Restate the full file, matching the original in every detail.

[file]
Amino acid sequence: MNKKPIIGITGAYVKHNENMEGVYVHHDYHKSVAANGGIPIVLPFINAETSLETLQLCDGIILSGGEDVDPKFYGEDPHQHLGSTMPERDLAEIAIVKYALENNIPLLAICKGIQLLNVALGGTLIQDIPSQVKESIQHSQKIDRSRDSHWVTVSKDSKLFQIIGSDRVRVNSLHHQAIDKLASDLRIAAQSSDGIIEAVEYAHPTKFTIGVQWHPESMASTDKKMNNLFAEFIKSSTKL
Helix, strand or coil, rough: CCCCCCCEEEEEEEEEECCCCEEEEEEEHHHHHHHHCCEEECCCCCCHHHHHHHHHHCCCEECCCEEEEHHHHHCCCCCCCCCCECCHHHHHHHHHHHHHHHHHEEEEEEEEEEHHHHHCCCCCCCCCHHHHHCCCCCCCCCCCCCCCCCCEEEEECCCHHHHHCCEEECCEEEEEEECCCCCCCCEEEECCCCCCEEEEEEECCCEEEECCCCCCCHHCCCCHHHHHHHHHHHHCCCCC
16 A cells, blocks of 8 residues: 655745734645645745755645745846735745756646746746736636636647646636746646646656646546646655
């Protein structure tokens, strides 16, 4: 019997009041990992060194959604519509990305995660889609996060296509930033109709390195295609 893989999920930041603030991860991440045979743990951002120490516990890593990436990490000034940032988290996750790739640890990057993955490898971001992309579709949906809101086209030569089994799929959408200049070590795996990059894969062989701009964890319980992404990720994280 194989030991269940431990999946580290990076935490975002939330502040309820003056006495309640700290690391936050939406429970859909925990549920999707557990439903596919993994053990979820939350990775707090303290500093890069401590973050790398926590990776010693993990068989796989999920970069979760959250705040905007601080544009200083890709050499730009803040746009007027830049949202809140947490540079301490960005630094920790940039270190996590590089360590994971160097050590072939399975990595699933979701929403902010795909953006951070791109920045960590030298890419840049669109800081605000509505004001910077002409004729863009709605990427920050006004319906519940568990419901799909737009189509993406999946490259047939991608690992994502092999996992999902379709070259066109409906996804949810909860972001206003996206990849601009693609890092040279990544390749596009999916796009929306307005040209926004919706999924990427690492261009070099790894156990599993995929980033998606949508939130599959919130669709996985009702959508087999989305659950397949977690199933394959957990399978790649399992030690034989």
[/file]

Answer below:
Amino acid sequence: MNKKPIIGITGAYVKHNENMEGVYVHHDYHKSVAANGGIPIVLPFINAETSLETLQLCDGIILSGGEDVDPKFYGEDPHQHLGSTMPERDLAEIAIVKYALENNIPLLAICKGIQLLNVALGGTLIQDIPSQVKESIQHSQKIDRSRDSHWVTVSKDSKLFQIIGSDRVRVNSLHHQAIDKLASDLRIAAQSSDGIIEAVEYAHPTKFTIGVQWHPESMASTDKKMNNLFAEFIKSSTKL
Helix, strand or coil, rough: CCCCCCCEEEEEEEEEECCCCEEEEEEEHHHHHHHHCCEEECCCCCCHHHHHHHHHHCCCEECCCEEEEHHHHHCCCCCCCCCCECCHHHHHHHHHHHHHHHHHEEEEEEEEEEHHHHHCCCCCCCCCHHHHHCCCCCCCCCCCCCCCCCCEEEEECCCHHHHHCCEEECCEEEEEEECCCCCCCCEEEECCCCCCEEEEEEECCCEEEECCCCCCCHHCCCCHHHHHHHHHHHHCCCCC
16 A cells, blocks of 8 residues: 655745734645645745755645745846735745756646746746736636636647646636746646646656646546646655
């Protein structure tokens, strides 16, 4: 019997009041990992060194959604519509990305995660889609996060296509930033109709390195295609 893989999920930041603030991860991440045979743990951002120490516990890593990436990490000034940032988290996750790739640890990057993955490898971001992309579709949906809101086209030569089994799929959408200049070590795996990059894969062989701009964890319980992404990720994280 194989030991269940431990999946580290990076935490975002939330502040309820003056006495309640700290690391936050939406429970859909925990549920999707557990439903596919993994053990979820939350990775707090303290500093890069401590973050790398926590990776010693993990068989796989999920970069979760959250705040905007601080544009200083890709050499730009803040746009007027830049949202809140947490540079301490960005630094920790940039270190996590590089360590994971160097050590072939399975990595699933979701929403902010795909953006951070791109920045960590030298890419840049669109800081605000509505004001910077002409004729863009709605990427920050006004319906519940568990419901799909737009189509993406999946490259047939991608690992994502092999996992999902379709070259066109409906996804949810909860972001206003996206990849601009693609890092040279990544390749596009999916796009929306307005040209926004919706999924990427690492261009070099790894156990599993995929980033998606949508939130599959919130669709996985009702959508087999989305659950397949977690199933394959957990399978790649399992030690034989």